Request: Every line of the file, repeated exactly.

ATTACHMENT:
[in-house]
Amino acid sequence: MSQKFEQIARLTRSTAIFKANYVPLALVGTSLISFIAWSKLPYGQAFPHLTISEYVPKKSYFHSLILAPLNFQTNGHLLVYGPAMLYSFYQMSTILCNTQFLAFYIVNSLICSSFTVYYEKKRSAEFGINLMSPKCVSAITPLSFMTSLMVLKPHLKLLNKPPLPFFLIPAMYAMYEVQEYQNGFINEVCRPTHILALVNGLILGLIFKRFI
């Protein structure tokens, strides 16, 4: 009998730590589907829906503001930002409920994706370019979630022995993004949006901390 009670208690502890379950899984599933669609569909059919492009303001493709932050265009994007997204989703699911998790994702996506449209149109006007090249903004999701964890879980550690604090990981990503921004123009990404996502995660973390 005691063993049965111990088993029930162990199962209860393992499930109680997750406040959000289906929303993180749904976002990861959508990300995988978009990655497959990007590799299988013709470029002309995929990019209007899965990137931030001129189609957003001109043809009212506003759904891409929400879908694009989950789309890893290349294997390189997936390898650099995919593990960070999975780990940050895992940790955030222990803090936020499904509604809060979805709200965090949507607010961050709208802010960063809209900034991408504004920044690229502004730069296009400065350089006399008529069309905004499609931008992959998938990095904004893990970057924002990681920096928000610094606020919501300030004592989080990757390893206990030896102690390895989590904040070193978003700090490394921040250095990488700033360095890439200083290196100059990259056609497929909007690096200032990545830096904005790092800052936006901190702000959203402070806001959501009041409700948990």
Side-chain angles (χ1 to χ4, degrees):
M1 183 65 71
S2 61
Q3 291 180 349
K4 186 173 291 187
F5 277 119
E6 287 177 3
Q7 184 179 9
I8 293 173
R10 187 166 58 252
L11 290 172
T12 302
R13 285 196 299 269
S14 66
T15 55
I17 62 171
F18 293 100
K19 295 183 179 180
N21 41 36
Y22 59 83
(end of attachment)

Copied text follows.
[in-house]
Amino acid sequence: MSQKFEQIARLTRSTAIFKANYVPLALVGTSLISFIAWSKLPYGQAFPHLTISEYVPKKSYFHSLILAPLNFQTNGHLLVYGPAMLYSFYQMSTILCNTQFLAFYIVNSLICSSFTVYYEKKRSAEFGINLMSPKCVSAITPLSFMTSLMVLKPHLKLLNKPPLPFFLIPAMYAMYEVQEYQNGFINEVCRPTHILALVNGLILGLIFKRFI
């Protein structure tokens, strides 16, 4: 009998730590589907829906503001930002409920994706370019979630022995993004949006901390 009670208690502890379950899984599933669609569909059919492009303001493709932050265009994007997204989703699911998790994702996506449209149109006007090249903004999701964890879980550690604090990981990503921004123009990404996502995660973390 005691063993049965111990088993029930162990199962209860393992499930109680997750406040959000289906929303993180749904976002990861959508990300995988978009990655497959990007590799299988013709470029002309995929990019209007899965990137931030001129189609957003001109043809009212506003759904891409929400879908694009989950789309890893290349294997390189997936390898650099995919593990960070999975780990940050895992940790955030222990803090936020499904509604809060979805709200965090949507607010961050709208802010960063809209900034991408504004920044690229502004730069296009400065350089006399008529069309905004499609931008992959998938990095904004893990970057924002990681920096928000610094606020919501300030004592989080990757390893206990030896102690390895989590904040070193978003700090490394921040250095990488700033360095890439200083290196100059990259056609497929909007690096200032990545830096904005790092800052936006901190702000959203402070806001959501009041409700948990």
Side-chain angles (χ1 to χ4, degrees):
M1 183 65 71
S2 61
Q3 291 180 349
K4 186 173 291 187
F5 277 119
E6 287 177 3
Q7 184 179 9
I8 293 173
R10 187 166 58 252
L11 290 172
T12 302
R13 285 196 299 269
S14 66
T15 55
I17 62 171
F18 293 100
K19 295 183 179 180
N21 41 36
Y22 59 83